Thought Leadership

What Does Brexit Mean for the Payments Industry?

TL;DRWe know that Brexit is going to have an enormous impact on payments industry, but what are the specifics? Join the conversation to find out.

For decades, London has enjoyed the undeniable position of European financial capital. Financial institutions—and, more recently, fintech startups—have used London as their base to access the European Union’s common market of 500+ million people. Whenever I was asked to advise companies on their European go-to-market strategies, we sooner or later came to the same conclusion: “We have to open an office in London.”

Things changed when the Brexit referendum results were announced. Though we all knew Brexit was a possibility, we weren’t prepared for the new reality that it now threatens to bring about. The impact on citizens of the United Kingdom has already been well-debated: volatile currency, higher interest rates, impacted real estate valuations. But what will be the impact of Brexit on the UK’s payments and fintech industries?

What is Brexit?

Brexit is the abbreviated nickname for a British exit from the European Union (“Britain” and “exit”). Having joined the European Economic Community (or EEC, a precursor to the EU) in 1973, Britain has always struggled to find balance between its national independence and the pan-European political ambitions of the EU. Though Britain voted to remain a part of the EEC in a 1975 referendum, perceived European influence on UK policy in the intervening years gave rise to increasingly pronounced Euroscepticism throughout the country.

Enter Nigel Farage and the United Kingdom Independence Party (UKIP), a right-wing populist party that harnessed anti-European sentiment to make rapid political gains in the years following the 2010 general election. Incumbent Prime Minister and Conservative Party leader David Cameron, recognizing that UKIP threatened to divide the right and hand the next election to the Labour Party, promised in 2013 to hold a referendum on EU membership if the Conservatives won the 2015 election. The Conservative Party did win in 2015, setting the stage for the in/out referendum held earlier this year.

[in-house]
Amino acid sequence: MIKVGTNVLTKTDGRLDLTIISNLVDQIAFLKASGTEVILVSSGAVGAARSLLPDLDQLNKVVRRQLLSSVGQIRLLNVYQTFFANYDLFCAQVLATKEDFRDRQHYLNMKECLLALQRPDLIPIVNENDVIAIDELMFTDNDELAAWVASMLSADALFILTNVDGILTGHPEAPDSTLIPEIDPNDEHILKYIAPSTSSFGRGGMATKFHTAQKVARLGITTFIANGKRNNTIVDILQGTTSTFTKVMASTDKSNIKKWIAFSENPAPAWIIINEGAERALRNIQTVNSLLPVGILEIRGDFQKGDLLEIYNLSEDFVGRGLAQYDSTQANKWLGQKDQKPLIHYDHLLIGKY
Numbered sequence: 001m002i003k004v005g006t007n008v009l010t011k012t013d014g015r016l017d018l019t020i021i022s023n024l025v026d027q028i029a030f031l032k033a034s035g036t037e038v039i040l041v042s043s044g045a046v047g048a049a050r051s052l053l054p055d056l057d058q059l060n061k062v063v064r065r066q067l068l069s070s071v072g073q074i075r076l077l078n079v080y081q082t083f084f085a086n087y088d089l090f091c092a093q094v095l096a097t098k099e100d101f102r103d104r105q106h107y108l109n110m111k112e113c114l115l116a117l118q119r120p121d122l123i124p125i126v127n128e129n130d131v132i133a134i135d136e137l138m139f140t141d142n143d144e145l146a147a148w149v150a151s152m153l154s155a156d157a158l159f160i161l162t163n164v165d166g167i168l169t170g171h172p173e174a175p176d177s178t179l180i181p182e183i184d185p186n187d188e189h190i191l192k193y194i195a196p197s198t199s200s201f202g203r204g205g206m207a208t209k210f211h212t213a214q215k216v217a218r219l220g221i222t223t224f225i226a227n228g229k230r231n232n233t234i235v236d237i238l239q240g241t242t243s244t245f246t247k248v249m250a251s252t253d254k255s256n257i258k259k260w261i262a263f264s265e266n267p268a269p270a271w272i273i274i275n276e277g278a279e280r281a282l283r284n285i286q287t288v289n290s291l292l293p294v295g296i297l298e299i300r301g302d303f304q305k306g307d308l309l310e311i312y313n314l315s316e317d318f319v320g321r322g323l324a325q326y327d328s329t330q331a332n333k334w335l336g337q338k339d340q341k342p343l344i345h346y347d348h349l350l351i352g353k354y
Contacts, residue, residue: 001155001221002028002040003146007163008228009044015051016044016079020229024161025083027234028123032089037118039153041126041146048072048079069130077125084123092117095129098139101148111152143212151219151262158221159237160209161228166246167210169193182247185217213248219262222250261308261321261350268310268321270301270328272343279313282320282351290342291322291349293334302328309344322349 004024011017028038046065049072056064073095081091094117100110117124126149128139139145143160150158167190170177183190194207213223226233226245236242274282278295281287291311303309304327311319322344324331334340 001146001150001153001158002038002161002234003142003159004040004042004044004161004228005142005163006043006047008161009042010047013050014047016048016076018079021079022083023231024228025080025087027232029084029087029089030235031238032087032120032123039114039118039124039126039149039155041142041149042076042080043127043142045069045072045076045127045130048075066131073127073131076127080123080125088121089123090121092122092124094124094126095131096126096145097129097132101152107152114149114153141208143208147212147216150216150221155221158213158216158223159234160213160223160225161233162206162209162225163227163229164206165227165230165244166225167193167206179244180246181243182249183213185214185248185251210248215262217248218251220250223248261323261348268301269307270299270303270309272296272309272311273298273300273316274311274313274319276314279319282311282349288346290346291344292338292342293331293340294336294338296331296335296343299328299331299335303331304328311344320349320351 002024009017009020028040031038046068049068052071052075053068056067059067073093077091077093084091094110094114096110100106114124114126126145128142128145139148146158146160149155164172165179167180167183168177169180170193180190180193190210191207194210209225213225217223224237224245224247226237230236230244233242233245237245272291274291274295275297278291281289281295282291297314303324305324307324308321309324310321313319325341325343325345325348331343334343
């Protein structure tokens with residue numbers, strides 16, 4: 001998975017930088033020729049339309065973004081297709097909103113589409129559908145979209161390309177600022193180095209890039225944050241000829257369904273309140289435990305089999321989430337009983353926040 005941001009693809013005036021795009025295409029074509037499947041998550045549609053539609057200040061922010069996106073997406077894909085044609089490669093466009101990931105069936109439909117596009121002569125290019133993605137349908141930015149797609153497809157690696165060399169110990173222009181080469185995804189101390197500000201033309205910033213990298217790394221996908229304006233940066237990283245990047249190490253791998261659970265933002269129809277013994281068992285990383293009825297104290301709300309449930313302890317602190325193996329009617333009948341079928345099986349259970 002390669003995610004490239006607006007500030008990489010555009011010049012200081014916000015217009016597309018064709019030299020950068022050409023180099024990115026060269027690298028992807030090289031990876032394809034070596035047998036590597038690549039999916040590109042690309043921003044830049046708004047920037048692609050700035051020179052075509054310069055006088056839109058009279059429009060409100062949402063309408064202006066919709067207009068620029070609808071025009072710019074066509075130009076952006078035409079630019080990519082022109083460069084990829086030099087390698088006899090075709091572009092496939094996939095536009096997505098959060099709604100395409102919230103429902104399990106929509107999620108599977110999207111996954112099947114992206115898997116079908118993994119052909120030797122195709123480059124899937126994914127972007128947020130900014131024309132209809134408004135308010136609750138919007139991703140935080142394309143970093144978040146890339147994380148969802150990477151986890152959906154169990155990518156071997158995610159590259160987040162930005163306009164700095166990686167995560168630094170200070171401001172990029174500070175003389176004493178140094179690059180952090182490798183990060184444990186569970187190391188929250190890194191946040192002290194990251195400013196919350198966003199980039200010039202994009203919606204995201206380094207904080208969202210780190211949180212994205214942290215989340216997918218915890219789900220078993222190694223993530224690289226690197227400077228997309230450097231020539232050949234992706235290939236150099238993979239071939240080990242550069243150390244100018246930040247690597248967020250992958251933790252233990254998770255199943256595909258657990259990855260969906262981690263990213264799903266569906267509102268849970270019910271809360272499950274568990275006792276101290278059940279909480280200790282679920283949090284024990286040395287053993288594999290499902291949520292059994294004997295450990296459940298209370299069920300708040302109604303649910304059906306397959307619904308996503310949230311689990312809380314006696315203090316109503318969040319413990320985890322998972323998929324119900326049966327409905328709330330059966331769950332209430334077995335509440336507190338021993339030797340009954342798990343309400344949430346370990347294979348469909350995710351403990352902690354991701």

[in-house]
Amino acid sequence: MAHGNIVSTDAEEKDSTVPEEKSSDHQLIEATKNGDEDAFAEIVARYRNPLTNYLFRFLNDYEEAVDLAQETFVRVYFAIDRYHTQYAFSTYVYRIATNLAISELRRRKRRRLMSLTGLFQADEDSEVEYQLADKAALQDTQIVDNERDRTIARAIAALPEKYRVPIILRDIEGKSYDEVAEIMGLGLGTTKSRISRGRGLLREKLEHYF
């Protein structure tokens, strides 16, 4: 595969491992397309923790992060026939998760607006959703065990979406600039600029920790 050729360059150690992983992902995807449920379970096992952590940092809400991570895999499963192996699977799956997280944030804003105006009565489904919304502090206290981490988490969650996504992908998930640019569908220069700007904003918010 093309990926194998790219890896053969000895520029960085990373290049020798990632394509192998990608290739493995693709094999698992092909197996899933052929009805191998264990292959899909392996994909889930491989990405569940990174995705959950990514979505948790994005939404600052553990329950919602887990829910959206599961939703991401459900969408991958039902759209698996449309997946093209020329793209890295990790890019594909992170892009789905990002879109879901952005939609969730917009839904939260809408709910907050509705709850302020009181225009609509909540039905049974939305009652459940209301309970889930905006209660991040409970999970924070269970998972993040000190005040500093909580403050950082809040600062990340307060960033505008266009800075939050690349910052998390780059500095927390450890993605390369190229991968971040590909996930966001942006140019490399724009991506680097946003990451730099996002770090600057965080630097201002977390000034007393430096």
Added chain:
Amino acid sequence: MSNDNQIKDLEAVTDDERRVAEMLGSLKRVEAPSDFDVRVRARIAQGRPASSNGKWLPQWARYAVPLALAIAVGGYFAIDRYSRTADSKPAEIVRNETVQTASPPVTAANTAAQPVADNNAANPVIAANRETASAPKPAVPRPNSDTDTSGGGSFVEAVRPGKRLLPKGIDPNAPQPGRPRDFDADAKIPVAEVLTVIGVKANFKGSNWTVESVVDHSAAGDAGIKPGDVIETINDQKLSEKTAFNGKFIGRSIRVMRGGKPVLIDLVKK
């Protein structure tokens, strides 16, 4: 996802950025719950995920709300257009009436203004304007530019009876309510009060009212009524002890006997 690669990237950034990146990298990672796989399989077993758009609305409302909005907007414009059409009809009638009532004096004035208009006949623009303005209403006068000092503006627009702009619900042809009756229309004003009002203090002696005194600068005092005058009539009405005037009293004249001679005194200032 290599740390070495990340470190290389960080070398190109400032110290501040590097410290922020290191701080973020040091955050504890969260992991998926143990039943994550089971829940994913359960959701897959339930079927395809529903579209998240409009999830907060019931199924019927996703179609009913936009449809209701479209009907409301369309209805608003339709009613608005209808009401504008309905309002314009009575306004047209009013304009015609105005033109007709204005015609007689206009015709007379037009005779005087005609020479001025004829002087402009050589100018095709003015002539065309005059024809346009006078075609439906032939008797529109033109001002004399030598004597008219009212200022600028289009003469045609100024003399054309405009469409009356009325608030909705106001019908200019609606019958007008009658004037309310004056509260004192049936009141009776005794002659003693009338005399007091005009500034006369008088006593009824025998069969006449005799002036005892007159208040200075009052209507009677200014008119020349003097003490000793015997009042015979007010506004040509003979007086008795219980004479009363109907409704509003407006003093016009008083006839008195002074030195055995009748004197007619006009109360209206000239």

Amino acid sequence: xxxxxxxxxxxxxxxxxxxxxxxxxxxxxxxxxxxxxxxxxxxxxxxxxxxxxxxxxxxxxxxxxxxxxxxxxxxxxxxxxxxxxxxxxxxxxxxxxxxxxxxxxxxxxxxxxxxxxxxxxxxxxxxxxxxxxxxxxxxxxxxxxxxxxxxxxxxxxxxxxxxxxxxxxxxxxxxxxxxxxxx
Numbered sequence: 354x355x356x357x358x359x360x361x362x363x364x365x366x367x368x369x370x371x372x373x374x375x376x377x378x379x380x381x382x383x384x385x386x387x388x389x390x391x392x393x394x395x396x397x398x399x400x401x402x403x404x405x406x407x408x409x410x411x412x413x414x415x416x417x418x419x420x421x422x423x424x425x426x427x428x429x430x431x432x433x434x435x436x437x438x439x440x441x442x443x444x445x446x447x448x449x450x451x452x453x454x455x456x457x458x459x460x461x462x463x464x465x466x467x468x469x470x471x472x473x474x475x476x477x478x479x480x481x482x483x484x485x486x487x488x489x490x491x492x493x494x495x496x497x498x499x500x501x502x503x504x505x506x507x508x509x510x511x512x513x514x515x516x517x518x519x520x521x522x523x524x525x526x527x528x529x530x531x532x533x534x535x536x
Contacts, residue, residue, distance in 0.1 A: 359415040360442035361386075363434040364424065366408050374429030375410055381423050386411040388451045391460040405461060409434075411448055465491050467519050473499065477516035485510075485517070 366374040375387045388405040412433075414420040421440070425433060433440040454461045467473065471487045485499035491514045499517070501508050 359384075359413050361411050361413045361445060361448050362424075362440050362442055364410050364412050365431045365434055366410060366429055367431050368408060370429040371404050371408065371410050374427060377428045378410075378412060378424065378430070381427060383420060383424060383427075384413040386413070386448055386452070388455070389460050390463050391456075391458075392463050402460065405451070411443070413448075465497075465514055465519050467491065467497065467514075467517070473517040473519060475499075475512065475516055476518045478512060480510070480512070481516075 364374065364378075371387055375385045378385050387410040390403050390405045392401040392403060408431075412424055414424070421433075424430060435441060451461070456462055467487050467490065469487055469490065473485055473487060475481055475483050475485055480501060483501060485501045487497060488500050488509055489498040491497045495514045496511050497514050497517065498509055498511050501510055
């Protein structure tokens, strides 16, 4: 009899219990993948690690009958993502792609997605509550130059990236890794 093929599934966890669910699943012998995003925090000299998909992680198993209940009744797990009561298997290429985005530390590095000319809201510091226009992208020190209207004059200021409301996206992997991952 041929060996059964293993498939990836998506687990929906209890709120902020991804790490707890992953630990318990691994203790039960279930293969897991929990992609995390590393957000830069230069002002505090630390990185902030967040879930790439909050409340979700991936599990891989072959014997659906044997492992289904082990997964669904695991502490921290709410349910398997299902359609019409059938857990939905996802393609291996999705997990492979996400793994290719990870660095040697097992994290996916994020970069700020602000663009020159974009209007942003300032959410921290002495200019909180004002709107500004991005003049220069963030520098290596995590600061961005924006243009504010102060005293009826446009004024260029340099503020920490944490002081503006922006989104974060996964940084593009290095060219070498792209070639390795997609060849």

Following hard-fought campaigns to win support on either side, British voters made their decision in June 2016: 51.89% leave, 48.11% remain. The United Kingdom had chosen to leave the European Union.

Because the terms of the UK’s exit from the EU have not yet been decided, the referendum has created a great deal of uncertainty in the markets. Will the UK retain access to the EU’s single market? How will the UK handle migrant workers from the EU? The referendum is non-binding; is there still a chance that the UK will remain in the EU? For now, we’ll just have to wait and see.

What Does Brexit Mean for Payments?

Since the referendum, Hyperwallet has been a leading contributor to the ongoing conversation around what Brexit means for the fintech industry, and for payments in particular. Below is a collection of Hyperwallet’s contributed articles and opinion pieces.

We’ll continue to update this list as the discussion unfolds.

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